In this case there are too many appraisers for the amount of work there is so they are competing on speed and price. However, to do that AND make money they cut corners to get production up. Quality falls so Fannie Mae creates Collateral Underwriter and AMCs crack down on quality. Appraisers get upset and start leaving the profession with no one coming in.

        The problem is so systemic that I just don’t know how you fix it if you wanted to. People like Joan Trice and others who have pull among the powers that be in our industry know the issues and problems very well so hopefully they figure something out.

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          Figure something out? Shall we remember the rest of the economics principle? Relevancy. Appraisers are, as the article states, just another road bump towards making the loan go through. AND THEY DON’T WANT APPRAISERS!

          Appraisers no longer have a purpose under the new system, we are completely irrelevant. The banks don’t want us, the borrower doesn’t want us, and the government would rather suck up to the banks then protect its own assets, because the government officials either get elected by or propped up financially from the banks.

          Lets be real here, the only people who have real power in our political system are the banks, not the overseerers. Judges don’t back up USPAP principals, and never side with the appraiser. There is no point in even mentioning the pathetic State Boards, who are in charge of destroying every appraiser who doesn’t hit the bank’s number. USPAP can’t even make policy without the bank’s input and consent. Why do you think every single bank reform made through the Dodd/Frank Act has been removed, through back-door politics, yet somehow, the massive database with all of our work is still maintained and compliance with it enforced.

          Appraisers are no longer relevant, and as soon as the banks can yell “appraiser shortage” appraisals will be removed from the loan package, replaced by those comp-check things they call a neighborhood market report. We are irrelevant.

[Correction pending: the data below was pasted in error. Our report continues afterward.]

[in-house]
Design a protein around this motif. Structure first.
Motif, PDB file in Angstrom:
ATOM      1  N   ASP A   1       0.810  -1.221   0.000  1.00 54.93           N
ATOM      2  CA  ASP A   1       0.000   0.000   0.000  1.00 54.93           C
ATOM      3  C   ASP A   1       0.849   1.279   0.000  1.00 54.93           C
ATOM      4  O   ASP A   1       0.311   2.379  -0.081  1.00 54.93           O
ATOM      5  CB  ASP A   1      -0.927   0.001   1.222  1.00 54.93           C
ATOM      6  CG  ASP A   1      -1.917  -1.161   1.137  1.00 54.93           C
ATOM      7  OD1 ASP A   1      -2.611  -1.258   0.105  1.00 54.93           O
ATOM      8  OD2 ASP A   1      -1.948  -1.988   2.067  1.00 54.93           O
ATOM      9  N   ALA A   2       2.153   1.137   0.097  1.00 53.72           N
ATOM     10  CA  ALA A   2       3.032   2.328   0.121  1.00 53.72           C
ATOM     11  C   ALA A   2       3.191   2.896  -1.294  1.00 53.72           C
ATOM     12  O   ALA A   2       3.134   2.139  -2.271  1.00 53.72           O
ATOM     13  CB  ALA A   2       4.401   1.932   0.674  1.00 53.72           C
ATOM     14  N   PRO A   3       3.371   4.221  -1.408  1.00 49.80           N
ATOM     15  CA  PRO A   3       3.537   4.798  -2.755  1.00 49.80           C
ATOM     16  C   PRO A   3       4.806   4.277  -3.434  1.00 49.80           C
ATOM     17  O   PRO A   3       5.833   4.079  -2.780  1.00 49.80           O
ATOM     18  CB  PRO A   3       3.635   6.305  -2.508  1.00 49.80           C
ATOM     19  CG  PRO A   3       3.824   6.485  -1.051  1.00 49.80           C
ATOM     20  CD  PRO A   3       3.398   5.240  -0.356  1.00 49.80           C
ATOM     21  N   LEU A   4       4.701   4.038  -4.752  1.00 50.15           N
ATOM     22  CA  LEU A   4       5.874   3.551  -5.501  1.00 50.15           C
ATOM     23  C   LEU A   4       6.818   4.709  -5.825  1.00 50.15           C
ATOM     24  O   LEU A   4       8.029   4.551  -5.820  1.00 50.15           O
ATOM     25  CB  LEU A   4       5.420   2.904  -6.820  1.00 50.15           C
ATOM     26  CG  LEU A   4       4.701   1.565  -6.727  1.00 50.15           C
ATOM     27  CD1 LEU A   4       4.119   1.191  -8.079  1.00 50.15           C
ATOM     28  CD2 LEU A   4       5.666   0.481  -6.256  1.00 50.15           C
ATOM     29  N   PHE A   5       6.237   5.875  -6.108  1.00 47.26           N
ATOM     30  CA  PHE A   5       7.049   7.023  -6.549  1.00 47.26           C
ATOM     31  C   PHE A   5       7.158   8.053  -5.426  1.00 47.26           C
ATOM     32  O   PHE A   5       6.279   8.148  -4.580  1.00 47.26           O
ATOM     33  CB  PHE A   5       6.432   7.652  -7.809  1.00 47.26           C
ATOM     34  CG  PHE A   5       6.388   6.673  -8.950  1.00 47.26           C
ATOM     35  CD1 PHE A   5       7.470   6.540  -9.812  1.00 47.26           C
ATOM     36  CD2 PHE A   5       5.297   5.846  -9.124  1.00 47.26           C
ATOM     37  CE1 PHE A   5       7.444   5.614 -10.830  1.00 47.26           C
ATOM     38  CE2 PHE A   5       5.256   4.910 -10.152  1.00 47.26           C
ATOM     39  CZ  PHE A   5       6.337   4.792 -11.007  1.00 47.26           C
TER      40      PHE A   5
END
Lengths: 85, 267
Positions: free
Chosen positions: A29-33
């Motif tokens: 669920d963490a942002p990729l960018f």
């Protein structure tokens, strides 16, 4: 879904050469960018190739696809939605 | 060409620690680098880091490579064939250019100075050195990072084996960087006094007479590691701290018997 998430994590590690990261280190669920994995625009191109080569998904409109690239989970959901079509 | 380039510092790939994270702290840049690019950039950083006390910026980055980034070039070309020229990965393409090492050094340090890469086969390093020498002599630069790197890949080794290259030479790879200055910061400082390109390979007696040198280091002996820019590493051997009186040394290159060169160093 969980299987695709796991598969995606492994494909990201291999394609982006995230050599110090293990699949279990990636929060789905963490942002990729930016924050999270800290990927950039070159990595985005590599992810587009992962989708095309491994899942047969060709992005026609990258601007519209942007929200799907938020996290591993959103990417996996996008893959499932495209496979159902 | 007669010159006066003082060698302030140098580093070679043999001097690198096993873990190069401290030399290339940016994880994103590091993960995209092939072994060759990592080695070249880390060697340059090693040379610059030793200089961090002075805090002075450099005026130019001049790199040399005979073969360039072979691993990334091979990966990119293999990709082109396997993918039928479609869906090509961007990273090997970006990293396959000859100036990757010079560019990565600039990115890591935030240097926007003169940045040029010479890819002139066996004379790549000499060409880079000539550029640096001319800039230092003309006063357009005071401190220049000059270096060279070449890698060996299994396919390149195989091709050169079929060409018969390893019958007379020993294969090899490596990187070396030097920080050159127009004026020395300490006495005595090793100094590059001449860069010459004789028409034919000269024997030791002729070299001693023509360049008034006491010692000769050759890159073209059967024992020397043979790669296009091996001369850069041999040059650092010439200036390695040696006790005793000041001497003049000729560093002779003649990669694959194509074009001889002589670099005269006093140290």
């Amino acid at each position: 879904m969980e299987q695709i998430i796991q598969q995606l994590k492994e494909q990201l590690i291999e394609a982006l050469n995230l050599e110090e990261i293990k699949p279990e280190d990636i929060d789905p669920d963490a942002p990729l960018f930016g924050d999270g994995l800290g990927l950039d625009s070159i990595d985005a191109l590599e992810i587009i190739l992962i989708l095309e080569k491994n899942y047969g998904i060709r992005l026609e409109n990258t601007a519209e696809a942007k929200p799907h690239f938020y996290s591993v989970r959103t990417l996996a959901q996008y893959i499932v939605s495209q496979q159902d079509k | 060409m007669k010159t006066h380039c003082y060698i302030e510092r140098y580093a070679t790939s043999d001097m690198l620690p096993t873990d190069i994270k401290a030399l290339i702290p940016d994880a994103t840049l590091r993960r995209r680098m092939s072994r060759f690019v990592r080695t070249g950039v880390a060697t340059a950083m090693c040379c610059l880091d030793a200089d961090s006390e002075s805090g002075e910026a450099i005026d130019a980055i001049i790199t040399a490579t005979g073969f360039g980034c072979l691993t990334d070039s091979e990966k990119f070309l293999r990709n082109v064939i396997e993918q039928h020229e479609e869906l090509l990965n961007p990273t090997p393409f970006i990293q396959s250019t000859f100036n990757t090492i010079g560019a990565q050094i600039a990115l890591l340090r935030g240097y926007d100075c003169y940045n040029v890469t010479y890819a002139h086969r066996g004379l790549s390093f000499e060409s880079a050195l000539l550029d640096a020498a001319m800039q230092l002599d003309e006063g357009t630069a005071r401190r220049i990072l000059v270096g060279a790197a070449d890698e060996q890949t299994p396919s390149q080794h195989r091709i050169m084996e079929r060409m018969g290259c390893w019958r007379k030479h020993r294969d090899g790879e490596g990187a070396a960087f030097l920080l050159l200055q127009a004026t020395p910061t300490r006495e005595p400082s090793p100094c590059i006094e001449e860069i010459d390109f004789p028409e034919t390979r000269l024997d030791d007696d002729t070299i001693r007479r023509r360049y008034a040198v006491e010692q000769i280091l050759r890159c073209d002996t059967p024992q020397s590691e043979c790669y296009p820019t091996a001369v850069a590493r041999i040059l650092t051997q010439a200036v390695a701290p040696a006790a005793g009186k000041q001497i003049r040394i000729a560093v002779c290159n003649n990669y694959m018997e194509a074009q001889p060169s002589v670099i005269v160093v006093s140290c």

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            I hear them also yelling “appraiser incompetence” and “appraiser inaccuracies.” Makes me wonder if Joan Trice and the rest of CRN may have some version of conflict of interest when it comes to enhancing the trade. I cannot see how fewer appraisers or better appraisers are of any financial advantage to the lenders except to the extent if helps rid them of an unwelcome pest..

            What you observe, Ashurou, way out distances supply and demand as the cause. When there is no demand any supply is too much.

            Mortgage appraisers, especially those in the secondary market, are nothing more than a tax and are, as you say, designated speed bumps.

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            Then go do something else. Why are you still an appraiser? You could probably make just as much money selling roofing starting tomorrow and you wouldn’t have to deal with AMCs or USPAP ever again. Just a thought.

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            gee hans that could have been good advice for your great grand pa when he was in the nazi army & was ask to help these nice jews on the trains

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            Actually, my great grandad fought for American in WW1 in France. Trench warfare, mustard gas, machine guns….all of that stuff. He fought for our freedom. Then came back home to Oklahoma and worked his butt off to get our family through the Great Depression. He was a farmer in Norther Oklahoma. He raised 4 amazing christian kids. One who was my grandmother, one who became a doctor, and two who fought in the Korean War. I have never heard my great uncles complain or my grandmother and as farmers they have had far more to complain about than appraisers. They worked far harder than any appraiser in this country every will. You just have to look at their hands to see that.

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            Sorry for the comments Hans

            just shows the frustrations in our profession

            something is not right in the appraisal world right now & i know you agree with that statement.

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            I actually have a picture of his entire division from November 1917 hanging in my office (357th Infantry Division – mostly Okies). He’s there with the little x over his head. This picture was taken at Fort Travis before heading up to New York to get on a ship to head over to England and then to the front lines.

            I’m proud to be his great grand-son. I don’t let stuff like USPAP and CU get to me. I just remember what that guy right there had to go through and this is nothin’! If I had complained about this stuff in front of him I don’t think it would have gone over well from what my grandmother told me about him.

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            very honorable
            i,m still trying to get my foot out of my mouth